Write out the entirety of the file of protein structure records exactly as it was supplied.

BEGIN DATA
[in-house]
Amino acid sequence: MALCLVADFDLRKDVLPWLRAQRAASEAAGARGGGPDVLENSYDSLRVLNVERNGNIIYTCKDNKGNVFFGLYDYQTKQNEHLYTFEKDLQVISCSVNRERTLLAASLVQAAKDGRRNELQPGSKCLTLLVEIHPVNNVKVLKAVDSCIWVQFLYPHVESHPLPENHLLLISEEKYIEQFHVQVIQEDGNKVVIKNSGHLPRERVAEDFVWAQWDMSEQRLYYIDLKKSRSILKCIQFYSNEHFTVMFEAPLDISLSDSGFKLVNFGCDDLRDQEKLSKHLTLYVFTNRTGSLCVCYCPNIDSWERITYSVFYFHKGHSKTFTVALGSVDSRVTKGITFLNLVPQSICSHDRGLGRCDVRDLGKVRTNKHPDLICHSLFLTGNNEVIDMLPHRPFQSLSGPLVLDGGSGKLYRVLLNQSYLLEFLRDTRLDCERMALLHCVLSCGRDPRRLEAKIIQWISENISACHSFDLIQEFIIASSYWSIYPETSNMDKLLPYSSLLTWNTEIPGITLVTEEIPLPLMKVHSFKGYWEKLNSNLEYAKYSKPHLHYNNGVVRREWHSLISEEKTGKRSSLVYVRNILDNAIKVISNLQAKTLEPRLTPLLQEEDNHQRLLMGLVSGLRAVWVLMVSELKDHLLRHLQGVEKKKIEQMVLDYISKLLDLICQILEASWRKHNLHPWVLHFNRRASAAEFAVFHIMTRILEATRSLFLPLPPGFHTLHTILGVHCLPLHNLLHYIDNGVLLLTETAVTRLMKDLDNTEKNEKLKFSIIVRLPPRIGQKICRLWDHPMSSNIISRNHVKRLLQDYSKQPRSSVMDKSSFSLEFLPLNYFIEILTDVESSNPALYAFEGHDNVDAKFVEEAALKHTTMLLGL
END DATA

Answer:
[in-house]
Amino acid sequence: MALCLVADFDLRKDVLPWLRAQRAASEAAGARGGGPDVLENSYDSLRVLNVERNGNIIYTCKDNKGNVFFGLYDYQTKQNEHLYTFEKDLQVISCSVNRERTLLAASLVQAAKDGRRNELQPGSKCLTLLVEIHPVNNVKVLKAVDSCIWVQFLYPHVESHPLPENHLLLISEEKYIEQFHVQVIQEDGNKVVIKNSGHLPRERVAEDFVWAQWDMSEQRLYYIDLKKSRSILKCIQFYSNEHFTVMFEAPLDISLSDSGFKLVNFGCDDLRDQEKLSKHLTLYVFTNRTGSLCVCYCPNIDSWERITYSVFYFHKGHSKTFTVALGSVDSRVTKGITFLNLVPQSICSHDRGLGRCDVRDLGKVRTNKHPDLICHSLFLTGNNEVIDMLPHRPFQSLSGPLVLDGGSGKLYRVLLNQSYLLEFLRDTRLDCERMALLHCVLSCGRDPRRLEAKIIQWISENISACHSFDLIQEFIIASSYWSIYPETSNMDKLLPYSSLLTWNTEIPGITLVTEEIPLPLMKVHSFKGYWEKLNSNLEYAKYSKPHLHYNNGVVRREWHSLISEEKTGKRSSLVYVRNILDNAIKVISNLQAKTLEPRLTPLLQEEDNHQRLLMGLVSGLRAVWVLMVSELKDHLLRHLQGVEKKKIEQMVLDYISKLLDLICQILEASWRKHNLHPWVLHFNRRASAAEFAVFHIMTRILEATRSLFLPLPPGFHTLHTILGVHCLPLHNLLHYIDNGVLLLTETAVTRLMKDLDNTEKNEKLKFSIIVRLPPRIGQKICRLWDHPMSSNIISRNHVKRLLQDYSKQPRSSVMDKSSFSLEFLPLNYFIEILTDVESSNPALYAFEGHDNVDAKFVEEAALKHTTMLLGL